Epoxy was used throughout the build, including for the Israeli Gaboon plywood beams and the strip-plank hulls and decks. Building a lightweight, efficient structure with ‘long legs’ was a top priority. “A professional boat-builder wouldn’t use cedar like we have, as you can’t quality control it; there’s no guarantee that the finished weight and efficiency of every boat would be the same,” explains Carl, John’s father. “But we know we can make our boat as lightweight with Western Red cedar and epoxy as we could by using a foam.”

The combination of wood, ply and epoxy also delivers excellent strength. “The two hulls are set a long way apart, with the mast in the middle. There’s a lot of propulsion and downward thrust, so the beams must be strong,” says Carl. “By positioning the ply grain at 45 degrees to the beam and using epoxy, we get maximum strength. There are no mechanical fastenings; it’s purely epoxy holding everything together,” he adds.

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Epoxy was also used for glassing the boat. The outside of each hull was treated with epoxy and then 600g/m2 biaxial glass cloth was applied at 45 degrees to the planks. “This takes the twist out of the hulls,” explains Carl. “It was David Johnson at WSI who recommended this technique. He was an enormous help on the whole build.”

Indeed, WEST SYSTEM® Epoxy Products are the only ones John and Carl used. “I think we’ve used pretty much everything they sell!” laughs Carl. “They also gave us advice on using their products, which has been invaluable.”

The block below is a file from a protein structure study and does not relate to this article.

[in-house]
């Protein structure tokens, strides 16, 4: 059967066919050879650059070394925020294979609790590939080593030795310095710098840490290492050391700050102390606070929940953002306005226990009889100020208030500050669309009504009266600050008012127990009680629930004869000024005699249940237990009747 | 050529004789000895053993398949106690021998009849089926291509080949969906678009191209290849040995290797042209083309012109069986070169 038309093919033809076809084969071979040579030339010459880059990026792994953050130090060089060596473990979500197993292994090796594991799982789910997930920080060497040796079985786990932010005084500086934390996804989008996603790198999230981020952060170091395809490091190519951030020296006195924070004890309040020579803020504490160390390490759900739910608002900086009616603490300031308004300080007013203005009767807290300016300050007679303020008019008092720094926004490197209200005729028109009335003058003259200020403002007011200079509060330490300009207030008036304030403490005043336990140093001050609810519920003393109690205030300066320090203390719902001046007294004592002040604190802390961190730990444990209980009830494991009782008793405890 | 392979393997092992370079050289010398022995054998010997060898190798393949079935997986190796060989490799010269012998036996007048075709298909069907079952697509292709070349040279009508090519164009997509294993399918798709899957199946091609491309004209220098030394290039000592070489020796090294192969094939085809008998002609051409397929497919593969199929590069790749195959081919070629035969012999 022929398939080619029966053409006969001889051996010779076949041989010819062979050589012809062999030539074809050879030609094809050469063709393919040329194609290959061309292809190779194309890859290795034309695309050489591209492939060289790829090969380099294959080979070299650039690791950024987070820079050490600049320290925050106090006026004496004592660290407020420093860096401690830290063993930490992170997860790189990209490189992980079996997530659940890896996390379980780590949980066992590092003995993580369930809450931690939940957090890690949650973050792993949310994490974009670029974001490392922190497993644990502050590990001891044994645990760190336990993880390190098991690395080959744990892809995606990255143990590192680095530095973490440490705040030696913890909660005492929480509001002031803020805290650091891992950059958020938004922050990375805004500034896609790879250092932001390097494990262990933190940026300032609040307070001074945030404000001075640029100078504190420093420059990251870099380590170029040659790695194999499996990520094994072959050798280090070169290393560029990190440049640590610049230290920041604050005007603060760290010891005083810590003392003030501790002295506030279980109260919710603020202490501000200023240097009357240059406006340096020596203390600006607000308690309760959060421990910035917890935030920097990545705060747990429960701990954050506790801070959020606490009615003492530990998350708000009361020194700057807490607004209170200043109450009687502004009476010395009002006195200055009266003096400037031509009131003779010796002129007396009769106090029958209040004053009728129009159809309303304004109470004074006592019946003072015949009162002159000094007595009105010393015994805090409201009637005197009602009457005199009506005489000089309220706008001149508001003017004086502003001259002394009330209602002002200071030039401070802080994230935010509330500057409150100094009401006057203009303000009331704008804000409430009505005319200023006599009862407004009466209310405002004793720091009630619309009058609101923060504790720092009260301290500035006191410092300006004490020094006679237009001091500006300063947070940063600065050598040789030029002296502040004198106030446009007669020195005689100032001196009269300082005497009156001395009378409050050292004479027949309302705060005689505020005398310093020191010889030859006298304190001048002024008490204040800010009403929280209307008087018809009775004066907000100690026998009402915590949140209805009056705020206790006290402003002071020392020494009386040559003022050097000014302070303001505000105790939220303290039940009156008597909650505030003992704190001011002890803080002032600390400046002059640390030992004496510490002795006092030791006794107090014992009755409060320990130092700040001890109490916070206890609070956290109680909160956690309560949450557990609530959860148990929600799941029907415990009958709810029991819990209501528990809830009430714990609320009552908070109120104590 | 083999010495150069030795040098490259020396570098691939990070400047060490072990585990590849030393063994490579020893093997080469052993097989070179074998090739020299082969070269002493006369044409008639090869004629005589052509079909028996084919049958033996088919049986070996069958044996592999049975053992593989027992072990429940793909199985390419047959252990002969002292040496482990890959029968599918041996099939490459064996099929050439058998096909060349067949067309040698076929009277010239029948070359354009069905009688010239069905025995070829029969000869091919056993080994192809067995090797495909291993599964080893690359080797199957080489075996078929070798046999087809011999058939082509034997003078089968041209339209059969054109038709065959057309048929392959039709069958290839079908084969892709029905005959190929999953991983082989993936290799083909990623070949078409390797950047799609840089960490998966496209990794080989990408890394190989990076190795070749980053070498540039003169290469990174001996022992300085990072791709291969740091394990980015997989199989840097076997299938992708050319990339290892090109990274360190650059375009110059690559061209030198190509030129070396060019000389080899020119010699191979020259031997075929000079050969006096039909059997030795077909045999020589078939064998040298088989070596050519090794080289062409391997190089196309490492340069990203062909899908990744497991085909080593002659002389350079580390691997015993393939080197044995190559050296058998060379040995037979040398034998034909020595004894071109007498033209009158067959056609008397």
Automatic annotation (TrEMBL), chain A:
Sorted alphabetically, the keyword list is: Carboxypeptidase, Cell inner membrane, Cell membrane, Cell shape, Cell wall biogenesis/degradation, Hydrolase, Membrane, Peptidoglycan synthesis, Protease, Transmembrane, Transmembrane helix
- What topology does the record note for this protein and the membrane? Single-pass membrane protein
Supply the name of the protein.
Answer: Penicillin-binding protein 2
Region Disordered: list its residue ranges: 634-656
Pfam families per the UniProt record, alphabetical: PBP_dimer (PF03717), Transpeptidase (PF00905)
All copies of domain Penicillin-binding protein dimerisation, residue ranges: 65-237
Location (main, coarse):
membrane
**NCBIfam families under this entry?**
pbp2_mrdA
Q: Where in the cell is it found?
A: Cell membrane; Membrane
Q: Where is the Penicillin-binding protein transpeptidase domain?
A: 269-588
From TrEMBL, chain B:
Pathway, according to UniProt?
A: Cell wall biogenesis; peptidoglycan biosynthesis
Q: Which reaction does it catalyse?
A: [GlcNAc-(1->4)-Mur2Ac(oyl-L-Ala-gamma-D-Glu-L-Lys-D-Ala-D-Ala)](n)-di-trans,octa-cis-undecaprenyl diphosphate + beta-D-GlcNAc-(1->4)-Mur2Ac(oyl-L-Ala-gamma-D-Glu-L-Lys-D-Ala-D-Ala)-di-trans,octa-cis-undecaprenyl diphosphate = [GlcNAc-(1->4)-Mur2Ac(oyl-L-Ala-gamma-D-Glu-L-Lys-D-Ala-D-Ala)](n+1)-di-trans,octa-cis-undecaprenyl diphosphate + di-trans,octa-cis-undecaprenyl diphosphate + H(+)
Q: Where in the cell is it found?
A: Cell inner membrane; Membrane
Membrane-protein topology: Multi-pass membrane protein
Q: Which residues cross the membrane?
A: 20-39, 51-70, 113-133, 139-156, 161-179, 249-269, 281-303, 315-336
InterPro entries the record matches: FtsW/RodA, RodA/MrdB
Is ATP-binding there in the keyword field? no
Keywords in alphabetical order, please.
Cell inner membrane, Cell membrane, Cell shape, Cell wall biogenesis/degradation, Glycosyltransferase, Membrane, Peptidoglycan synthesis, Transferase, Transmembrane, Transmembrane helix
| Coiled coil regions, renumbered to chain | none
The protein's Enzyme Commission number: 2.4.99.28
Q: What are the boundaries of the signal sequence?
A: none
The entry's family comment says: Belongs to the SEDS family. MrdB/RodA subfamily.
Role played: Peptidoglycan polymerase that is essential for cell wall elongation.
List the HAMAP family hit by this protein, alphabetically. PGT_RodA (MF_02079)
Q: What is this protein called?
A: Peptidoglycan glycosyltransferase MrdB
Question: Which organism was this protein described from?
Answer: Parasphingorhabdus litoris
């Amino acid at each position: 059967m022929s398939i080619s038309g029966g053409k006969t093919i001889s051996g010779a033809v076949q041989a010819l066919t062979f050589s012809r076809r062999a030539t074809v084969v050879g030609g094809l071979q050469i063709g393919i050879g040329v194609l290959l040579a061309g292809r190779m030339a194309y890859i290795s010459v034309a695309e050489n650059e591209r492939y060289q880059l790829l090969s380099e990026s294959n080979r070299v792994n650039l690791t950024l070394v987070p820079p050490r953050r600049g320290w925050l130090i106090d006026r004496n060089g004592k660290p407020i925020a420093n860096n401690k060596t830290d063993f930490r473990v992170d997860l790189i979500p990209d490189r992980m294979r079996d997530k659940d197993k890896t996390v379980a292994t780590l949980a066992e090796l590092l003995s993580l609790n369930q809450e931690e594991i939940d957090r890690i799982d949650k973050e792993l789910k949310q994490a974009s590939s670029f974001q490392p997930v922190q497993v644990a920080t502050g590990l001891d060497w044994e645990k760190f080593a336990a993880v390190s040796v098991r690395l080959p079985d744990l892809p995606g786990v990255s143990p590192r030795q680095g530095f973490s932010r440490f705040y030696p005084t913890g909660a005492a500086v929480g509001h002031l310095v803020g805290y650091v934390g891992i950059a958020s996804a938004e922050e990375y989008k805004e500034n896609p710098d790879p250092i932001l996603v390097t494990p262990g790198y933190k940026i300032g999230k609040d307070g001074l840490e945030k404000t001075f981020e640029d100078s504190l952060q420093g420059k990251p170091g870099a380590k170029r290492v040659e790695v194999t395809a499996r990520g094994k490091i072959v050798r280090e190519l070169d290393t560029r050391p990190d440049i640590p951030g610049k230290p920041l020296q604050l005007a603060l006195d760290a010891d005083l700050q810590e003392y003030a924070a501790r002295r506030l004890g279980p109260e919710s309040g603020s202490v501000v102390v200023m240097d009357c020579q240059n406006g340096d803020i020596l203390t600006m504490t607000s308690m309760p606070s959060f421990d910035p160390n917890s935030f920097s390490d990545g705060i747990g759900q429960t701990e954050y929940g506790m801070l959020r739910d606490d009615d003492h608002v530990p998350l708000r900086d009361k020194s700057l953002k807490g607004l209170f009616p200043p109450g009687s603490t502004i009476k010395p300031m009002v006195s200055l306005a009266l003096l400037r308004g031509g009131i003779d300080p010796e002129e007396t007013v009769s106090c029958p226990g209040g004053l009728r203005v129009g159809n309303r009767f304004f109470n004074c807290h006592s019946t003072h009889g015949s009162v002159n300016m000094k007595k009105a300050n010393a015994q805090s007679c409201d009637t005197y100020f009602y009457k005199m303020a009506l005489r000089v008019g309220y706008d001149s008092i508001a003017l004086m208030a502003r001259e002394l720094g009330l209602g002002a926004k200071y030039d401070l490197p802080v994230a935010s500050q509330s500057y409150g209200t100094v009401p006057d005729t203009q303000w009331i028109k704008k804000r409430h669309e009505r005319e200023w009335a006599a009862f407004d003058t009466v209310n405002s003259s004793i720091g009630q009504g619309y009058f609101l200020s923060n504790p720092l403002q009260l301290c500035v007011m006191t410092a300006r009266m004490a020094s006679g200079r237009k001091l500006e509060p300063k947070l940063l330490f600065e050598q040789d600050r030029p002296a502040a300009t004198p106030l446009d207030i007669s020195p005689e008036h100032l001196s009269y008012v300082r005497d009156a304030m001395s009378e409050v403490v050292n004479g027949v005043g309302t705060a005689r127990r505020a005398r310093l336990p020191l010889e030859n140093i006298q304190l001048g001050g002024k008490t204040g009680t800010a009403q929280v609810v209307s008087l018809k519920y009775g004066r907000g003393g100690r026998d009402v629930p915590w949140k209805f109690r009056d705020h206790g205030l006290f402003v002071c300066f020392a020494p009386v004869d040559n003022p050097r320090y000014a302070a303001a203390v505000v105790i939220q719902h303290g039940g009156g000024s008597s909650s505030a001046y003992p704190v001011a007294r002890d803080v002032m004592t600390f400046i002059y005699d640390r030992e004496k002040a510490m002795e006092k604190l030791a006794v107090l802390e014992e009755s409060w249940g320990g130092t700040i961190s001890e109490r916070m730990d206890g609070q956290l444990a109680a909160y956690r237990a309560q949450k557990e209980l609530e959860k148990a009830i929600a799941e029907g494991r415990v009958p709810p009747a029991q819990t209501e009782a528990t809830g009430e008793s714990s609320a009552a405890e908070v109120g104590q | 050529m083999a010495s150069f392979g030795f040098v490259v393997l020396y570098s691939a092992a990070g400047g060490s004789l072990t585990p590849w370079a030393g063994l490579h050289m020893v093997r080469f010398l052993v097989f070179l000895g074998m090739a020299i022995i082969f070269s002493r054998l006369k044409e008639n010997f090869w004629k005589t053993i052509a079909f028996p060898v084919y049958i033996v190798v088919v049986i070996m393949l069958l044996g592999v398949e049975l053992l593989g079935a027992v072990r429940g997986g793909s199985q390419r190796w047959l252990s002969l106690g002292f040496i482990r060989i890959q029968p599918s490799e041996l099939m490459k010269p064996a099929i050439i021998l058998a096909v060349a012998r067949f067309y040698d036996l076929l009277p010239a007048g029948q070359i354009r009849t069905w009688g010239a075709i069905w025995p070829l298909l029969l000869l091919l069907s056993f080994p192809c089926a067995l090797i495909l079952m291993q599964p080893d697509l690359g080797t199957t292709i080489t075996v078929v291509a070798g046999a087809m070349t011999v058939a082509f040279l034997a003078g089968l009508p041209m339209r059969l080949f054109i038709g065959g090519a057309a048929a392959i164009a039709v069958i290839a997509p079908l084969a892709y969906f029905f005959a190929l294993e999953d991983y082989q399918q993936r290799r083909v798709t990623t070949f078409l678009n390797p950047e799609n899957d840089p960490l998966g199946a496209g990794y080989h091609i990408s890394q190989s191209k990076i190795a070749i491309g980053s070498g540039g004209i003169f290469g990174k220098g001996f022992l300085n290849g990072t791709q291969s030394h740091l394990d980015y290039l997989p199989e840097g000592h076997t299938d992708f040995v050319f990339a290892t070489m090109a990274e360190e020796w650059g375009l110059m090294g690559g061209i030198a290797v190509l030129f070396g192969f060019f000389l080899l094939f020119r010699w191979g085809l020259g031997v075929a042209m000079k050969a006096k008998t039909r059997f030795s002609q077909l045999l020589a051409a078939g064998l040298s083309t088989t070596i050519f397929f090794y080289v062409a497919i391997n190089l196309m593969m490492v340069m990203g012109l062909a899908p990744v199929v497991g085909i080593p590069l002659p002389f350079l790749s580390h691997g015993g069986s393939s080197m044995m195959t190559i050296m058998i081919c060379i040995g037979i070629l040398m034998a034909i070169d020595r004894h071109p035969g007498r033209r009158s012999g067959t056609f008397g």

From Cumbria to the Caribbean

Ocean Swift made her debut journey from Cumbria’s river Esk in 2015, set against the stunning backdrop of the Ravenglass mountains. Having since been thoroughly tested through several trips across the Irish Sea, she is now making voyages far further afield.

At the time of writing, John and his friend Emma, have just sailed from Cumbria to Portugal and from there on to the Canaries, Cape Verde, Barbados and the Grenadines. Much to John’s delight, the journey has seen Ocean Swift achieve speeds of 22 knots.

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The plan is to sail up the Caribbean chain and the east coast of America, before returning to the UK in mid-summer 2016. Carl laughs, “When I last spoke to John, he said the weather was too hot to stand on the deck!” As a man who’s used to working in extremes of weather, John’s bound to take this fully in his stride.

To chart Ocean Swift’s progress as she travels the world, keep an eye on the Ocean Swift website or contact johncat44@yahoo.co.uk

For more information about the full range of WEST SYSTEM epoxy products, visit the West System International website.

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1 Comment

  1. Hi John.

    After all this time and remembering the hours you talked about your build ,I have just read what must be a snippet of the build process.
    Very interesting mate, I must get hold of the book, look after yourself John and happy sailing.

    Mark Hazard